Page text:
For the rest of the day I was banished outside to help break up a stone outhouse and cart away the huge lumps of slate. Pushing a wheelbarrow around over the following three days was not the most skilled of tasks, but at least I kept up my exercise regime. There were vicious scorpions amongst the debris and we were plagued by blood sucking flies, but the spirit of the team - led by my old Assembly colleague, Eric Ollerenshaw - now the candidate for Lancaster and Fleetwood - remained high and on the last day we hosted a picnic under the trees and were joined by the old lady and her neighbours.
Clearly people were surprised to find politicians who were willing to roll their sleeves up and join in, but why do it? The contribution we made was meaningful but given a few more days the Bosnians could have done the job themselves. For me, the opportunity to talk to the people at the sharp end, unsupervised by local political figures, was the most valuable part of the exercise. Politicians visiting trouble spots are usually fed an official message, toured around a local showpiece, given a slap up meal then put back on the plane, so this was refreshing.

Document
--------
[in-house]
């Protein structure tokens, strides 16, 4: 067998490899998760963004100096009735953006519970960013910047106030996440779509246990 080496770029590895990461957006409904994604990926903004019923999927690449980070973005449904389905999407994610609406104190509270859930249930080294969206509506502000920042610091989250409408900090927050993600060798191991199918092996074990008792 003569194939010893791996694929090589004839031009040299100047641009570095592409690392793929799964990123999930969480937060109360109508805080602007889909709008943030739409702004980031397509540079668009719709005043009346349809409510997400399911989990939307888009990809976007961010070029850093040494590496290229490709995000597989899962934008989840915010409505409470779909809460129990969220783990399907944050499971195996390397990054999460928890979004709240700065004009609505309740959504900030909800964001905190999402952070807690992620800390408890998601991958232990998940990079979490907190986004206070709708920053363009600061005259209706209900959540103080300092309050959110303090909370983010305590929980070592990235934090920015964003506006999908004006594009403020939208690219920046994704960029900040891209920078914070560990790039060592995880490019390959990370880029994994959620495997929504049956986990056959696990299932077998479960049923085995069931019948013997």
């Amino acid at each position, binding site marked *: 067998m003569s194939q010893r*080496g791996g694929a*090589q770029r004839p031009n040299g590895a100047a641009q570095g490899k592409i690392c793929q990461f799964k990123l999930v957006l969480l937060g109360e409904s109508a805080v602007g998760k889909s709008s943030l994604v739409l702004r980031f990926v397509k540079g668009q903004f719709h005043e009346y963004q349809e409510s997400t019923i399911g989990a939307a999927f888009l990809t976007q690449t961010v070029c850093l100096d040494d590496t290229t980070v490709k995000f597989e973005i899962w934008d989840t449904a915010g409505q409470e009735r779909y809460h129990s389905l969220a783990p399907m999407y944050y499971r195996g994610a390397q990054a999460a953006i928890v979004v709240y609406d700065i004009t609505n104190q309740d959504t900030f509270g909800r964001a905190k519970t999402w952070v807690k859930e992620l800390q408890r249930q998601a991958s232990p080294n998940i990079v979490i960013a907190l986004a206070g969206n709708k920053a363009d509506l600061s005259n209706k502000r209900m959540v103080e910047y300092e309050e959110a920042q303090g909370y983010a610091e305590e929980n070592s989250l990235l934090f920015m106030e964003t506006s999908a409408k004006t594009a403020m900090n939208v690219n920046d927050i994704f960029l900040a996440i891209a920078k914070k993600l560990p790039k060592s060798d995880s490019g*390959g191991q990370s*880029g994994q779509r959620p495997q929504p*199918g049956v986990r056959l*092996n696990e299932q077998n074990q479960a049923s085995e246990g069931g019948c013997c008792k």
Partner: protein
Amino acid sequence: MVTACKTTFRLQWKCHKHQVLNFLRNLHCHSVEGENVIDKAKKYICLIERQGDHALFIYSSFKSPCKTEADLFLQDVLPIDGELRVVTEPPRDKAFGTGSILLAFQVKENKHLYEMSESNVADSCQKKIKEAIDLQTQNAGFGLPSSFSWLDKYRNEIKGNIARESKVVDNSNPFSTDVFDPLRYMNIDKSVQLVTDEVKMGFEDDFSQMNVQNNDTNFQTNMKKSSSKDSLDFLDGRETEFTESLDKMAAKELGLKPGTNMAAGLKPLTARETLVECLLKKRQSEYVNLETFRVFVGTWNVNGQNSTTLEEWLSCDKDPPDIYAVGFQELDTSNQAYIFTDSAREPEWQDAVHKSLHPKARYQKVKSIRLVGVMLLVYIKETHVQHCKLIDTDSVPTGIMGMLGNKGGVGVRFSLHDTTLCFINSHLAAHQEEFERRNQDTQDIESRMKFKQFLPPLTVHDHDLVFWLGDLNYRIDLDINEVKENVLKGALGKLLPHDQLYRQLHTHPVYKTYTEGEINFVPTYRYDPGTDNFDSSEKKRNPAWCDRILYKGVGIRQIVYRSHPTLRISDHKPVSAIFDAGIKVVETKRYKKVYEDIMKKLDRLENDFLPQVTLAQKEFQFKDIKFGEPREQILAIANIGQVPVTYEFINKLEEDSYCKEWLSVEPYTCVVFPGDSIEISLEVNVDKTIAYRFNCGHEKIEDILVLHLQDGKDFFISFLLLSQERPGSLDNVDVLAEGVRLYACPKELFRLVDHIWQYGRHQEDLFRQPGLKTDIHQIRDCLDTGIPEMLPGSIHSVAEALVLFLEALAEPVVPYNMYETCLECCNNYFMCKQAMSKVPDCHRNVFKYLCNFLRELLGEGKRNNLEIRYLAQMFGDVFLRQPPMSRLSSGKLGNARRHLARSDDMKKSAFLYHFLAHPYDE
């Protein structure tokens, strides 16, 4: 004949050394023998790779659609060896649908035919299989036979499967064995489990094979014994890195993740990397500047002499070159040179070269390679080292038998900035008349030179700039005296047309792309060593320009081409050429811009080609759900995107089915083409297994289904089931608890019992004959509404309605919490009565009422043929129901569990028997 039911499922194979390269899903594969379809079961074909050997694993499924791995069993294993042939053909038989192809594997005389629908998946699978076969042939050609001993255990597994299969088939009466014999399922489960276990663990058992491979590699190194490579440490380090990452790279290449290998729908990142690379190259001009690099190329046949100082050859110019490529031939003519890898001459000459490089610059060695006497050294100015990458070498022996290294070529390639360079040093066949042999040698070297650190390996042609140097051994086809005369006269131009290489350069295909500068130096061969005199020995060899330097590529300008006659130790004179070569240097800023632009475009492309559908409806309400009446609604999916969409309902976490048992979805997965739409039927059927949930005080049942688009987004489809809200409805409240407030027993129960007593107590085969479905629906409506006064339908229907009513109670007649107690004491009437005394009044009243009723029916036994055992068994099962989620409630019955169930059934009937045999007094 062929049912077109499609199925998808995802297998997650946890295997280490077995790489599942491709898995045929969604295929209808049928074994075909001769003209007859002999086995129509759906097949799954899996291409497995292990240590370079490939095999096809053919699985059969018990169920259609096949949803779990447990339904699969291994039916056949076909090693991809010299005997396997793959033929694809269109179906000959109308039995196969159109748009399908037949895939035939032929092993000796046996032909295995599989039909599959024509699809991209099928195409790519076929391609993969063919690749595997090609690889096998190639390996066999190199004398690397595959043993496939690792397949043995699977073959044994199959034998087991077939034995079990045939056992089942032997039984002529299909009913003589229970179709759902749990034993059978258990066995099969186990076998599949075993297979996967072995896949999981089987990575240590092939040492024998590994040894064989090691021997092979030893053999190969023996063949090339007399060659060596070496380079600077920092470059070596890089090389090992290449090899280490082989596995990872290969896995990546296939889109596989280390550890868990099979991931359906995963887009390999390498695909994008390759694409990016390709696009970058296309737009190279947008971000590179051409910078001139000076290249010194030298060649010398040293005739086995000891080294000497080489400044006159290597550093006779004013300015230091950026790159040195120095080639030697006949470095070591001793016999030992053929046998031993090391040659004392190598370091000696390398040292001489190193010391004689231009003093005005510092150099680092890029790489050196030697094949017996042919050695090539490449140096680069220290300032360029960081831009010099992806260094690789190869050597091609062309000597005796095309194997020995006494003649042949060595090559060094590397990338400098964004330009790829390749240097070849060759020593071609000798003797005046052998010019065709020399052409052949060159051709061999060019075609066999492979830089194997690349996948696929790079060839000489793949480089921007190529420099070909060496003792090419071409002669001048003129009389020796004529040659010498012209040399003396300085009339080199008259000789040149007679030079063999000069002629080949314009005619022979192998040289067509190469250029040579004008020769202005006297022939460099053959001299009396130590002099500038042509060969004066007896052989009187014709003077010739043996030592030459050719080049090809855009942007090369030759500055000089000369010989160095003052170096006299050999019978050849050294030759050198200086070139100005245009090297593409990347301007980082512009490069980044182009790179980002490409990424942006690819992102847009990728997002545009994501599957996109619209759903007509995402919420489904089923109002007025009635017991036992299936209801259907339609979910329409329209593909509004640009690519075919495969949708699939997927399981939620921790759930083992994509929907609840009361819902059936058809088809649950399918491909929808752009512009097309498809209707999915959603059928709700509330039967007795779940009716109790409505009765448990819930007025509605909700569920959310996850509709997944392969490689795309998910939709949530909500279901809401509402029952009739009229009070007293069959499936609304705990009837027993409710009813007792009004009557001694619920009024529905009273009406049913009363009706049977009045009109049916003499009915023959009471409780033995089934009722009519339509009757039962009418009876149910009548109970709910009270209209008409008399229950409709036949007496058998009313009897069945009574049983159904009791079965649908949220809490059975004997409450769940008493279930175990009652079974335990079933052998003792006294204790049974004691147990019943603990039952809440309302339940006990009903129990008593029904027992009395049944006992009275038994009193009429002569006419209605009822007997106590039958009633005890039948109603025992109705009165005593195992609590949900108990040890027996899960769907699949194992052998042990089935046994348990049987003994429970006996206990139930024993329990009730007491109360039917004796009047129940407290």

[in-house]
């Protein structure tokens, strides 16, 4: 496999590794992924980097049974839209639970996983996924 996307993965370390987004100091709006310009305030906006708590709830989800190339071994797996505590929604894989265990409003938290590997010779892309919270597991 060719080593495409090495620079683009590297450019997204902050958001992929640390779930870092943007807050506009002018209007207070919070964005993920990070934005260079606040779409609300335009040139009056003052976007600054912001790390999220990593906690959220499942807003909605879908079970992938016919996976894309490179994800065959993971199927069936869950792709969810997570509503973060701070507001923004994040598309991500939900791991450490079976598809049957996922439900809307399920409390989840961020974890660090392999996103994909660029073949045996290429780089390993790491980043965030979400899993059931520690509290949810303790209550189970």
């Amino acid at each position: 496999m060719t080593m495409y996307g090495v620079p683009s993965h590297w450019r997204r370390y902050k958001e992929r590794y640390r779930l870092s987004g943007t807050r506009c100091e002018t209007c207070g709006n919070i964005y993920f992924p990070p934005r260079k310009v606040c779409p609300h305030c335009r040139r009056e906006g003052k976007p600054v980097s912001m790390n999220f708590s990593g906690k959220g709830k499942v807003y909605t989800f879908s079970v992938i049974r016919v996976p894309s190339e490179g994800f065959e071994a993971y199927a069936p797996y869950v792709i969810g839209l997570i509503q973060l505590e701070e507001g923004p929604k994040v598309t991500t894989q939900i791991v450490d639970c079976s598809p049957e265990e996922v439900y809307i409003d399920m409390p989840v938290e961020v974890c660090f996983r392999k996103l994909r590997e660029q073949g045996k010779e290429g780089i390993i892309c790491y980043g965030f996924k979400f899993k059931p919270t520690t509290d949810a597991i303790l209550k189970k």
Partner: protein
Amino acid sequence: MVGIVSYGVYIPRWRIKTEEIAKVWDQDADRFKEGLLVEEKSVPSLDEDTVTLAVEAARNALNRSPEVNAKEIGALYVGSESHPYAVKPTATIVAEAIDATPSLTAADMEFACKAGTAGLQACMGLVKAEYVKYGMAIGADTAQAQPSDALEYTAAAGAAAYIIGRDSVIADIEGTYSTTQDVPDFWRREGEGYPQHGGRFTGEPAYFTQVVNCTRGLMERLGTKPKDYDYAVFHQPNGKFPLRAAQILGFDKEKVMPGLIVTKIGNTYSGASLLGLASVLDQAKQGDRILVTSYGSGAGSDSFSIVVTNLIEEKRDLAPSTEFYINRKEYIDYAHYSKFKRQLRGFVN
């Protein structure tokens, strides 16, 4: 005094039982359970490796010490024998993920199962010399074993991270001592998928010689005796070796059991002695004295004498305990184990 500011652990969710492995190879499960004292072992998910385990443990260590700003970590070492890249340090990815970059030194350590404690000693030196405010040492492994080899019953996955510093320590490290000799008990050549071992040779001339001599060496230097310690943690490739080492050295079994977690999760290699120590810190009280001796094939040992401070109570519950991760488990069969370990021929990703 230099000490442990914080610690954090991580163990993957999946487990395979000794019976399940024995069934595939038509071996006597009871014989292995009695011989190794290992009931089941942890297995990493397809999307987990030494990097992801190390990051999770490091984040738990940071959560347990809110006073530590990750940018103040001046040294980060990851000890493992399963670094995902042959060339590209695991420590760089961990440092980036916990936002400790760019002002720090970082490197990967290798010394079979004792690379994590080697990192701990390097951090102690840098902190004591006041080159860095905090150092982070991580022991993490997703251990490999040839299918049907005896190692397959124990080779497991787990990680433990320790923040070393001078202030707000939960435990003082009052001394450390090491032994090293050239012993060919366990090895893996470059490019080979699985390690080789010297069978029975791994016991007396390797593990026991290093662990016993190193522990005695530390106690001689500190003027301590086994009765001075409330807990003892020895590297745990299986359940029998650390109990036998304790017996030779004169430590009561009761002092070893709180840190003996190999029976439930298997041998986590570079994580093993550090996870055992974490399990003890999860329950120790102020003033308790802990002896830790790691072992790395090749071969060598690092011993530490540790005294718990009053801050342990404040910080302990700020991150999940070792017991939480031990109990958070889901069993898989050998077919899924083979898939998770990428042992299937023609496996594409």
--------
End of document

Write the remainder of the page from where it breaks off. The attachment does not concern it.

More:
Over three days we were able to communicate, even though the old lady and her neighbours knew very little English, and we knew no Bosnian. They were cheerful and stoic people but beneath the surface was great tragedy. Everyone we met had lost relatives in the war and many had been displaced. They had some truly harrowing personal stories. Grief was never far away.
There are no easy solutions to the world's problems and intervention cannot always be the answer. There is however no excuse for lack of preparation or a confused response. At Srebrenica peacekeepers were deployed but could not be used effectively, leading to a disastrous loss of confidence in the UN.
Enjoying a farewell barbecue on the last evening, we raised our gaze to look across the valley at the towering cliffs and mountains, as close to us as Canary Wharf is to The City. 'That's Serbia. They shoot at us from over there.' we were told.